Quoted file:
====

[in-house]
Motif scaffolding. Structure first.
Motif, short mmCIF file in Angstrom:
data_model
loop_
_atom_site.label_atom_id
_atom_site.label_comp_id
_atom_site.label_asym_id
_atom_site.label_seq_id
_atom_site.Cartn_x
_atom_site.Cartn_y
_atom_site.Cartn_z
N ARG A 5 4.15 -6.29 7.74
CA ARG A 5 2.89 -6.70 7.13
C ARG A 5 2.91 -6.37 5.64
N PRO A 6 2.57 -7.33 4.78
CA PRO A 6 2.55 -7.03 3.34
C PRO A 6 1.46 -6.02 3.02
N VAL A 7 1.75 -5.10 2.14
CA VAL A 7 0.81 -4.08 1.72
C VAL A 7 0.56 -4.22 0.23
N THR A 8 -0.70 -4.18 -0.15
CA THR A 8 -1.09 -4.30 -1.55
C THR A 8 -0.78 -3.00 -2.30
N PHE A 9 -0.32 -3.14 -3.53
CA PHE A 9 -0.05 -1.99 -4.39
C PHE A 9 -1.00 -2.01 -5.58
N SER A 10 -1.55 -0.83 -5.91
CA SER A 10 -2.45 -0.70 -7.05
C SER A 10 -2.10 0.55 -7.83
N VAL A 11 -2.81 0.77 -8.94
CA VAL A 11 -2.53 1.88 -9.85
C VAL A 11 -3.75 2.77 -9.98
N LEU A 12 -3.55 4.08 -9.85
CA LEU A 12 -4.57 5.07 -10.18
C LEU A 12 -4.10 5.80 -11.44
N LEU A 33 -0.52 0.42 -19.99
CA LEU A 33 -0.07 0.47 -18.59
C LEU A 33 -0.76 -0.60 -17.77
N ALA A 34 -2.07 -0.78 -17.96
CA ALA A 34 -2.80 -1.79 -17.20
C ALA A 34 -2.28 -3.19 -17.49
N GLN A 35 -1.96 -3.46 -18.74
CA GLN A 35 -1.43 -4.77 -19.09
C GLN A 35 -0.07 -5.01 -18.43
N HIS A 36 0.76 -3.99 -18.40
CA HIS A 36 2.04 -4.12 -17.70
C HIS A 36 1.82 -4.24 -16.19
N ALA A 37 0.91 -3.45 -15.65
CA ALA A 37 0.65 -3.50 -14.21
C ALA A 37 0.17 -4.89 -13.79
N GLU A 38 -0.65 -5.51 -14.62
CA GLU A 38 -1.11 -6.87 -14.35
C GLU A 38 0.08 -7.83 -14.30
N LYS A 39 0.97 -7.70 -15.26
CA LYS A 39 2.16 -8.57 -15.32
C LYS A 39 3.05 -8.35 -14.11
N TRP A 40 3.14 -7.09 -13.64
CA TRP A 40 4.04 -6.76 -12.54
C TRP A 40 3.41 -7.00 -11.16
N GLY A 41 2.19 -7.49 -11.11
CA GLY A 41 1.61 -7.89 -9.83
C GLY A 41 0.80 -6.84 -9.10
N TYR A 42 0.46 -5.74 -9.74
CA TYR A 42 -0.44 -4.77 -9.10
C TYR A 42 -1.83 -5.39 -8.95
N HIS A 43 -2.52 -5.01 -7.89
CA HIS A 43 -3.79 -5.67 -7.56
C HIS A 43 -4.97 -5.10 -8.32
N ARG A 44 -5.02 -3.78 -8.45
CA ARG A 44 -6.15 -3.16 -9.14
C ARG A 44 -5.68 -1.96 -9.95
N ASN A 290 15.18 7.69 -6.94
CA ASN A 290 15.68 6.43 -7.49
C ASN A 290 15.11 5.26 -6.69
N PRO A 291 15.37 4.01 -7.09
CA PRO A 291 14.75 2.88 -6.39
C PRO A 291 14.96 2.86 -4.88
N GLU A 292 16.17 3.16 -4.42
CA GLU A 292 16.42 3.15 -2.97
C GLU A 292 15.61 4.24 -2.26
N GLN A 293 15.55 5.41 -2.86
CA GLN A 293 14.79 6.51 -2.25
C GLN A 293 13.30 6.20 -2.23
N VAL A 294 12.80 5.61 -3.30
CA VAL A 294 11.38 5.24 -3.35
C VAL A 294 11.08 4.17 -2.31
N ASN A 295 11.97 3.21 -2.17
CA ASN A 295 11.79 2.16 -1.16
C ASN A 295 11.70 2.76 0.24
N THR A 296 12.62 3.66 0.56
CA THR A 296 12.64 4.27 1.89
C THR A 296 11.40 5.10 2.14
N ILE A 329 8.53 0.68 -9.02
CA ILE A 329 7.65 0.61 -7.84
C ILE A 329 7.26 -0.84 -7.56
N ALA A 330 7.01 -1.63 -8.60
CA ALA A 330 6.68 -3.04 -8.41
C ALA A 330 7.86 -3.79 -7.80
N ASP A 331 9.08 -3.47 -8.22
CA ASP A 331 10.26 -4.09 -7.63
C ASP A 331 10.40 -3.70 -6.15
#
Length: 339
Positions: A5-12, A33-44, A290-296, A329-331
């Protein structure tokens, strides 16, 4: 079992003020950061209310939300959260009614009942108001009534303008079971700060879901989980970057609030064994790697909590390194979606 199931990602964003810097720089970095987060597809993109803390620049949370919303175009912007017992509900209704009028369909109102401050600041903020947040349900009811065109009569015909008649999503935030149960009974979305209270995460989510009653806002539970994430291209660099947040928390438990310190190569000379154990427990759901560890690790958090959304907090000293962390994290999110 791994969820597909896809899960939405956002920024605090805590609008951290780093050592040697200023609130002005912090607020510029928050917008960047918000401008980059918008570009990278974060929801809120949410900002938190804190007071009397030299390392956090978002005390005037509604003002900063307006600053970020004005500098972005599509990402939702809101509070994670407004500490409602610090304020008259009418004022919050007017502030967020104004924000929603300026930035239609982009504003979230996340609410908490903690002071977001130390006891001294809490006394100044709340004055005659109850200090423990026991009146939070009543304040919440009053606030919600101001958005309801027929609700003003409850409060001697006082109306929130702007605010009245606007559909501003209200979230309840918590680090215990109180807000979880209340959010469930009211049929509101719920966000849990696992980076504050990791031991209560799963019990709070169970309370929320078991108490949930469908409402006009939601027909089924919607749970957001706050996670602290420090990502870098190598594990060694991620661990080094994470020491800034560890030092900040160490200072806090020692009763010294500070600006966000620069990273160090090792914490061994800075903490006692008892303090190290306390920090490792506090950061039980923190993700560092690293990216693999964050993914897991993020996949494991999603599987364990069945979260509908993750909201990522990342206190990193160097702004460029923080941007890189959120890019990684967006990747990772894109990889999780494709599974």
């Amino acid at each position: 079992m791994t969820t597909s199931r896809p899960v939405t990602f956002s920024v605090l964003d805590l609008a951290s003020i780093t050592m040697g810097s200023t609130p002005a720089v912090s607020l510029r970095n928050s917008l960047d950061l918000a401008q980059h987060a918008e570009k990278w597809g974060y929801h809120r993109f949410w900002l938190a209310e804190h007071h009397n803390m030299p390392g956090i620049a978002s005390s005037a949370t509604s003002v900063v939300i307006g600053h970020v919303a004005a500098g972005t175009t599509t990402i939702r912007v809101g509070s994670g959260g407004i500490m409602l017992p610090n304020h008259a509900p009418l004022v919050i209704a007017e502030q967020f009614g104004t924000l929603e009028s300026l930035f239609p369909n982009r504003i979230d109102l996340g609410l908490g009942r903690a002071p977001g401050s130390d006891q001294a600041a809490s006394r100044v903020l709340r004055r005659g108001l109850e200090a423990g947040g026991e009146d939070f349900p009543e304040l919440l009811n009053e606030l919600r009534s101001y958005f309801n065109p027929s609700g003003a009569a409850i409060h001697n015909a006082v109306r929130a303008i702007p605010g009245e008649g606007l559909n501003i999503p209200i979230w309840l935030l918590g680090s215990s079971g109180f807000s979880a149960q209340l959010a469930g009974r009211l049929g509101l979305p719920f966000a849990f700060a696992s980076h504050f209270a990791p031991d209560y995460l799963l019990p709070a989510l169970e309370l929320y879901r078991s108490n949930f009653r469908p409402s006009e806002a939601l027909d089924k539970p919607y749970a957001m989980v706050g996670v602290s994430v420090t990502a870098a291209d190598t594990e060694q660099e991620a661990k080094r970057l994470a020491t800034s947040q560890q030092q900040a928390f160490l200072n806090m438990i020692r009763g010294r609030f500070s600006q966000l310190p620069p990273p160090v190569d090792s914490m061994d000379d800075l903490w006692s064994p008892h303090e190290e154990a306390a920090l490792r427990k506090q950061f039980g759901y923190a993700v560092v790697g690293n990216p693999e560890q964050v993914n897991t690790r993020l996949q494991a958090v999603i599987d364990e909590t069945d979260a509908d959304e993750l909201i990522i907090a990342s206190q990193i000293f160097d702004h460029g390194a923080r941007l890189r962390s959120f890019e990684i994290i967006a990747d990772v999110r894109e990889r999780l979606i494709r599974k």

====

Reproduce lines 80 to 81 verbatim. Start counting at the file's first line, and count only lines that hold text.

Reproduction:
CA GLU A 292 16.42 3.15 -2.97
C GLU A 292 15.61 4.24 -2.26